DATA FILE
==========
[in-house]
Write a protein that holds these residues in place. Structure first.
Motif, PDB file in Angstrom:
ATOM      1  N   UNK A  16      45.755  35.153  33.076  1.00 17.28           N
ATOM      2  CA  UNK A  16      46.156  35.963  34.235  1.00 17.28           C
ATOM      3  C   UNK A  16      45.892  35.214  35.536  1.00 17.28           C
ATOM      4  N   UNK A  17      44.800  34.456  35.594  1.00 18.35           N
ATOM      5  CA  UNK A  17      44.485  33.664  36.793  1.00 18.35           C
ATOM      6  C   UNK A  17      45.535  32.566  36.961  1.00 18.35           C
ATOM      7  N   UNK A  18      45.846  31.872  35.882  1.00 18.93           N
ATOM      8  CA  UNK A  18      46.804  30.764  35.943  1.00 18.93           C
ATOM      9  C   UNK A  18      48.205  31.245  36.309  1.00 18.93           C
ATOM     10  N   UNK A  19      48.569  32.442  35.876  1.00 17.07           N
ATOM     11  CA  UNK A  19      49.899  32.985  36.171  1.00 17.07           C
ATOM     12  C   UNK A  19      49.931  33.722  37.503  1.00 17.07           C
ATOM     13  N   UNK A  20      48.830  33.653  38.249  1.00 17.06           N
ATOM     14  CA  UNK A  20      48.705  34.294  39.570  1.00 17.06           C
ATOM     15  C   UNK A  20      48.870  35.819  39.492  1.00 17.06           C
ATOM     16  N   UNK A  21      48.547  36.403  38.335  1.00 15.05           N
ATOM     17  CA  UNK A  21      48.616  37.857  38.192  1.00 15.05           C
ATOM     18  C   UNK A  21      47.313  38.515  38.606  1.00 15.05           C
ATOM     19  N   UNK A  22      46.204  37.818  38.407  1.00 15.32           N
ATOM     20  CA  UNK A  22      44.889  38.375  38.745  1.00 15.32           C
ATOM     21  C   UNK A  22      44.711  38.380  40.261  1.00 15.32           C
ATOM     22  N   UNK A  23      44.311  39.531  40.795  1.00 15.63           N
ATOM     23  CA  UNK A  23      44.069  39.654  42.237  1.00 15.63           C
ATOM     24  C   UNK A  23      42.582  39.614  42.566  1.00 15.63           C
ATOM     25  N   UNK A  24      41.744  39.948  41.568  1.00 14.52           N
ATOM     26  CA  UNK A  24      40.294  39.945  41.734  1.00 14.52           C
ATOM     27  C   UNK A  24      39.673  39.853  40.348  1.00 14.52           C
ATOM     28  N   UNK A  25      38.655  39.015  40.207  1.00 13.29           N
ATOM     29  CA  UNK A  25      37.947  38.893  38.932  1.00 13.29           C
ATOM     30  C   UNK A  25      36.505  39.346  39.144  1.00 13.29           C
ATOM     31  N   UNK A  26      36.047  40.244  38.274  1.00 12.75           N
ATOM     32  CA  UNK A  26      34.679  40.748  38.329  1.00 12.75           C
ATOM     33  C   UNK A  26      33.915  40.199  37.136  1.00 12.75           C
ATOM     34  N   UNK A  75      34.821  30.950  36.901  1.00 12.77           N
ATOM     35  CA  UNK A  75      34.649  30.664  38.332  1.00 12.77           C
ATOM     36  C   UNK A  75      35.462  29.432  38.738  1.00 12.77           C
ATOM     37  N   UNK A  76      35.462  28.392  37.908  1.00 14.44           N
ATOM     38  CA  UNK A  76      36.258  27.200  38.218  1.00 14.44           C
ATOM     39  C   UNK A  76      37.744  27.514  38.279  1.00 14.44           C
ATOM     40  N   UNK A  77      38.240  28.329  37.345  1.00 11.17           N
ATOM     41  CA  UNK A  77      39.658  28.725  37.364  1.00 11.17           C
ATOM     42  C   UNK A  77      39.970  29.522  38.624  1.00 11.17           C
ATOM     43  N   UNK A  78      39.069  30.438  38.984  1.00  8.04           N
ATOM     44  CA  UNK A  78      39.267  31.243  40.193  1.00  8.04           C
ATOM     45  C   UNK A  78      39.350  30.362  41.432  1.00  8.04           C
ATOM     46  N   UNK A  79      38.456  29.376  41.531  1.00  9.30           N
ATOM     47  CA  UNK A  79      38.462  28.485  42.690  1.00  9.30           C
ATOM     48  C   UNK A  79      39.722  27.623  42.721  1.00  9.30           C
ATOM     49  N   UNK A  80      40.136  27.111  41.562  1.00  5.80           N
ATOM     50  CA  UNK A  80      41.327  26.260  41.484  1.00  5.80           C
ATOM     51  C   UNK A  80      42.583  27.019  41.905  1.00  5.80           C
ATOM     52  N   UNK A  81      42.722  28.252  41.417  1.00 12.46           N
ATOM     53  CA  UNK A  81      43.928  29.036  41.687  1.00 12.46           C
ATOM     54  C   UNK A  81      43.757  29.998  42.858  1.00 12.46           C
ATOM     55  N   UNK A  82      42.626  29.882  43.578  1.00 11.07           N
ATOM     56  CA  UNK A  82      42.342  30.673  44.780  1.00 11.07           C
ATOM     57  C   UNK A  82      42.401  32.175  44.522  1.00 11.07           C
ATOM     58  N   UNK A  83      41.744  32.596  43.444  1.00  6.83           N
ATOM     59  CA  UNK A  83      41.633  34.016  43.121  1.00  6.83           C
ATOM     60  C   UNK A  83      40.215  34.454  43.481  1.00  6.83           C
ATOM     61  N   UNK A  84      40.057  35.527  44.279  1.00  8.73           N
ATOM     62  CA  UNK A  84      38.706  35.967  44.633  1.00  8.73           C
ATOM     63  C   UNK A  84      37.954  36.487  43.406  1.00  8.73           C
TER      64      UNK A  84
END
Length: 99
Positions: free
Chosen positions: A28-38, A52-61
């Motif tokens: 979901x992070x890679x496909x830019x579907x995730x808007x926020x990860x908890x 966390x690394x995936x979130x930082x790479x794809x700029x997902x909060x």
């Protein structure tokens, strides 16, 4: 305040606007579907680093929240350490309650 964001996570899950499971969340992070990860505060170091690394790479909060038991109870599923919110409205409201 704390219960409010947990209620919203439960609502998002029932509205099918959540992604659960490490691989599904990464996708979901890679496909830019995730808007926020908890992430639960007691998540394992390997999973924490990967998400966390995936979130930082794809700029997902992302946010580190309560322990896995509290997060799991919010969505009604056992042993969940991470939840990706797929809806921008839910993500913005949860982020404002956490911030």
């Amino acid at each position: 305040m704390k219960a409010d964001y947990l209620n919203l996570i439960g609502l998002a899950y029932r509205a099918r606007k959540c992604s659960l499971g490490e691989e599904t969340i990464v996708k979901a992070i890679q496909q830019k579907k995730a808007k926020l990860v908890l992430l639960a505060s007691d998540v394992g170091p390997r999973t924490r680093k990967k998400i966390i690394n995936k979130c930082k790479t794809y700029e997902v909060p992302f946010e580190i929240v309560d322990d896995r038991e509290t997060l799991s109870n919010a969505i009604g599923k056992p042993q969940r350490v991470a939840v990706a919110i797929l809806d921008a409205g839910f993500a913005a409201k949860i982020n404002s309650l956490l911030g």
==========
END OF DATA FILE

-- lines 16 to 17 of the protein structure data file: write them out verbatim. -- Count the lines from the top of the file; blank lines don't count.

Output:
ATOM     13  N   UNK A  20      48.830  33.653  38.249  1.00 17.06           N
ATOM     14  CA  UNK A  20      48.705  34.294  39.570  1.00 17.06           C